LONDON – Debt-laden Kazakh miner Eurasian Resources Group (ERG) has revived efforts to sell its Frontier copper mine in the Democratic Republic of Congo (DRC) despite a drop in valuation to about $400-million, two banking sources said.
The company, which is working with VTB Capital and Rothschild to spin off and eventually list some of its assets, had already tried to sell its international operations in 2014 but failed to do so as the global economy slowed and commodity prices dived.
ERG, formerly known as ENRC, did not respond to requests for comment.
A sale, however, is now complicated by the DRC parliament's adoption in January of a new mining code to increase taxes and royalties for mining companies. Mining and oil accounts for about 95% of export revenue.
The industry has been lobbying President Joseph Kabila not to sign the charter, saying it would discourage investment and violate existing agreements.
ERG also owns copper and cobalt mines Boss Mining and Comide and some development and near-production assets in the DRC. One of the sources said ERG aims to leave the DRC within two years.
"It doesn't seem the right time to sell Congolese copper mines -- as there is still uncertainty on the change in the mining charter -- unless you are being forced into it by your creditors," the second source said.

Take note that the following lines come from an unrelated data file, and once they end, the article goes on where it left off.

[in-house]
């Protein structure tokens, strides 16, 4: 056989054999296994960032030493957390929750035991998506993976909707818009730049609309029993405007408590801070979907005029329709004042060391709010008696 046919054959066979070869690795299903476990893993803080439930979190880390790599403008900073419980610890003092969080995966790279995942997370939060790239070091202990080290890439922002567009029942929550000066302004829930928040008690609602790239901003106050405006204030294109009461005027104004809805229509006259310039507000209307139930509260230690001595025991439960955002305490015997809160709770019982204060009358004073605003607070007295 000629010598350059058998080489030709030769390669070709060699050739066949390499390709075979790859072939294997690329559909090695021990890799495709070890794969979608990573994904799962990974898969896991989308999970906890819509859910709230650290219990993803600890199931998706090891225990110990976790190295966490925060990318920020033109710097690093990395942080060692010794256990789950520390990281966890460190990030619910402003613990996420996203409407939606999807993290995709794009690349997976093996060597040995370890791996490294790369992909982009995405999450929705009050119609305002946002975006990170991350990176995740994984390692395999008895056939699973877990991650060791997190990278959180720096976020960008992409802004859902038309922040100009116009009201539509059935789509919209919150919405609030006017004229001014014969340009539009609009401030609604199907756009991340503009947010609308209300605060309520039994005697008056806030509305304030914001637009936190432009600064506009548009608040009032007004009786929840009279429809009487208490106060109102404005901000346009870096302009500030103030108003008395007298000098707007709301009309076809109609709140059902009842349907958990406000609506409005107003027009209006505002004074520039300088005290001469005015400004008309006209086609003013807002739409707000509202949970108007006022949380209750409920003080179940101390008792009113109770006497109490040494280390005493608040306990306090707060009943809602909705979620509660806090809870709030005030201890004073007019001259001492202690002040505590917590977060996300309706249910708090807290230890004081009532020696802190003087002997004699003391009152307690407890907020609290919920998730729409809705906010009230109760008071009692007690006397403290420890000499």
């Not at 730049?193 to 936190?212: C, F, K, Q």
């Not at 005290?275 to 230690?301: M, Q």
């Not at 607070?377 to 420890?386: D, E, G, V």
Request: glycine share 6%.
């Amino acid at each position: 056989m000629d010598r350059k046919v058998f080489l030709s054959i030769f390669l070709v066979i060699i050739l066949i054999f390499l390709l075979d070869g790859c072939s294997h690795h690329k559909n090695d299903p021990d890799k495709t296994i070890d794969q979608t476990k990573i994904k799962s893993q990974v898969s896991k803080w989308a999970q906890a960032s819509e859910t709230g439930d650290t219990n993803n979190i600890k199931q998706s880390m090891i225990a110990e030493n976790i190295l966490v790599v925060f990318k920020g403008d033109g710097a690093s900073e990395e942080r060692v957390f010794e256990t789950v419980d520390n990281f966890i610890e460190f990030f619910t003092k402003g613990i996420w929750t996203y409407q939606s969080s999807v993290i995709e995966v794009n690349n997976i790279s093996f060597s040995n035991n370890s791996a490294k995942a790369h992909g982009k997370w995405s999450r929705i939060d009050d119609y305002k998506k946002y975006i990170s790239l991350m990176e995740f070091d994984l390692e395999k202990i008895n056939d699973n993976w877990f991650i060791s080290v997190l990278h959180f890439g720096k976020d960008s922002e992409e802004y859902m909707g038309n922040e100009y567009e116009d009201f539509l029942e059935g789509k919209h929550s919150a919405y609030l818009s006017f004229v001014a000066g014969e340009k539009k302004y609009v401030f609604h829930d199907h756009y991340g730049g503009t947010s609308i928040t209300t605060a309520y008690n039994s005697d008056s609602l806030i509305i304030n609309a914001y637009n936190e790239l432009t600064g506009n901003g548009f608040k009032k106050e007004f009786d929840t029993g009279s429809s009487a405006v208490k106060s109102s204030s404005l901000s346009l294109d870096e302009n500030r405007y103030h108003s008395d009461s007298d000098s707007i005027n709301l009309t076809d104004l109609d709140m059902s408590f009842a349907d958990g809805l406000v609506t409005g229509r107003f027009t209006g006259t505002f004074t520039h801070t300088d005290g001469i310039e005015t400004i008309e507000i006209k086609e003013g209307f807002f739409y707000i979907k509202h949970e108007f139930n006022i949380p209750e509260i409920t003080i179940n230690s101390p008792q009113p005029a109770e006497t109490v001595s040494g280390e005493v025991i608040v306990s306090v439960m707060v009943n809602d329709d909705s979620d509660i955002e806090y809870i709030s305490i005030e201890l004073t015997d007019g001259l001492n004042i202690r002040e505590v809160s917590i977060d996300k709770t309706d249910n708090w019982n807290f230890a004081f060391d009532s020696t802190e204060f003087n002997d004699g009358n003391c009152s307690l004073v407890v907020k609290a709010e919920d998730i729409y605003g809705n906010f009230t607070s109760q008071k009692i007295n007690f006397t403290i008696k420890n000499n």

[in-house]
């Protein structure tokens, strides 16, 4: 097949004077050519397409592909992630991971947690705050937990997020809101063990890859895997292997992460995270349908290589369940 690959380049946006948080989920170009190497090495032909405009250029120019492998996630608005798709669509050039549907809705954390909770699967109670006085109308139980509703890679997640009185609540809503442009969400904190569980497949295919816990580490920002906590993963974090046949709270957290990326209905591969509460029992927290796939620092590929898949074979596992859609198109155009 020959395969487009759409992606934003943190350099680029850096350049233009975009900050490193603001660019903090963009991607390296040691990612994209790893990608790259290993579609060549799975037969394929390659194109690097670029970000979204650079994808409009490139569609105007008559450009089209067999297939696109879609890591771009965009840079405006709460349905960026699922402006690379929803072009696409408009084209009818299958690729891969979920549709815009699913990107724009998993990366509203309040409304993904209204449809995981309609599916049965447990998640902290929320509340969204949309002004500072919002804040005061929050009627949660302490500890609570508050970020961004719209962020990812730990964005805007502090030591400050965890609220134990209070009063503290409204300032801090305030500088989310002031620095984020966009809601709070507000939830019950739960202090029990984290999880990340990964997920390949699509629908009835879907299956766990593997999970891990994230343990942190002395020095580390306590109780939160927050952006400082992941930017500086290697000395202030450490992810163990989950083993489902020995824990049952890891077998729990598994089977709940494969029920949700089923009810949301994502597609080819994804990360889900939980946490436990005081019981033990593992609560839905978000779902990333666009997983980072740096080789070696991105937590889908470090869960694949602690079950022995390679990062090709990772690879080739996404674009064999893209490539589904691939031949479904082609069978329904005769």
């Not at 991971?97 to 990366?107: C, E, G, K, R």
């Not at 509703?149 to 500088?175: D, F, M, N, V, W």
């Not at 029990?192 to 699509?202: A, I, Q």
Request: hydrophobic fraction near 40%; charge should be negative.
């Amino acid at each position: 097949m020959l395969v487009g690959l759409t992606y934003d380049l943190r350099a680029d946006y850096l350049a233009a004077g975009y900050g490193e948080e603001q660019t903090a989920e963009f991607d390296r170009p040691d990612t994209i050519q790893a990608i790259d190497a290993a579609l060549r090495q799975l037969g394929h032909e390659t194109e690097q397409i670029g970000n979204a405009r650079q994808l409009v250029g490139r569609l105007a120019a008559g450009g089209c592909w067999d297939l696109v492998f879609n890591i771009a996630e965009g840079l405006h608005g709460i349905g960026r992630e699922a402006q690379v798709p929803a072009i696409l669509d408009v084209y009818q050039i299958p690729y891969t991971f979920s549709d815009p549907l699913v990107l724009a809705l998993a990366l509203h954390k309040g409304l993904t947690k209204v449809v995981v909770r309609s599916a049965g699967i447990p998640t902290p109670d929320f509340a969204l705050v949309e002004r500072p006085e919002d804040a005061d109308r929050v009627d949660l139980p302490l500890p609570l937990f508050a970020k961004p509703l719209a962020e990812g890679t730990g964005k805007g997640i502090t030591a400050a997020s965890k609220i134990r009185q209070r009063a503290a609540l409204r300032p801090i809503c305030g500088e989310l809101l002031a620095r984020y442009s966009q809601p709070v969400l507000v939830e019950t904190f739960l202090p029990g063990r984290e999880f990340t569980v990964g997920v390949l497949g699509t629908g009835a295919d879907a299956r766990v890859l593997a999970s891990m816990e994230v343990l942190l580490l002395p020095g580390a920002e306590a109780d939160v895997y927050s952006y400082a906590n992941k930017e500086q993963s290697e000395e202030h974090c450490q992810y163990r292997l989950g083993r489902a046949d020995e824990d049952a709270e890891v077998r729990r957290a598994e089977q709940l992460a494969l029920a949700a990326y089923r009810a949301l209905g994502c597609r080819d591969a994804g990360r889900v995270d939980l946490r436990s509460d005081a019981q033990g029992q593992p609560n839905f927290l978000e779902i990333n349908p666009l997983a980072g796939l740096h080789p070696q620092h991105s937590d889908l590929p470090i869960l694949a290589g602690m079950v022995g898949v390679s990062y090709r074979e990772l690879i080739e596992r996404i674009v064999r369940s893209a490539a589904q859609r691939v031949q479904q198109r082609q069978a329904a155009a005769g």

ERG amassed a hefty debt of about $6-billion to its main creditors, VTB and Sberbank, after its three founders and the Kazakh government took it private.
A troubled six-year listing on the London Stock Exchange ended in 2013 after boardroom battles, corruption allegations and an investigation by the Serious Fraud Office.
The first source said that the company sent sale information documents to interested parties three weeks ago.
"Chinese companies already operating in the country are going to take a look ... they are the most likely buyers," the second banking source said.
China Molybdenum, Zijin Mining Group and China Nonferrous Metals Corp already invest in the DRC. Other international mining companies in the country include Glencore, Ivanhoe Mines and Randgold Resources.
DRC is Africa's largest copper producer, a significant gold miner and one of the world's leading sources of cobalt, which is increasingly sought after for use in electric car batteries.
The country, however, has suffered huge energy shortfalls, with its copper-mining Katanga region receiving only about half the power it needs from the national grid, forcing operators to rely on expensive generators or imports.
"The whole saga is a bit of a sorry one ... issues around electricity shortage and political risk in the country, coupled with lower copper prices, lower metal grade at the mine, which only has a 20-25 year lifespan, might have affected the valuation," said Paul Gait, senior research analyst at Bernstein.
The price of copper on the London Metal Exchange has dropped more than 30% to about $7,000 a tonne since hitting a record high above $10,000 in 2011.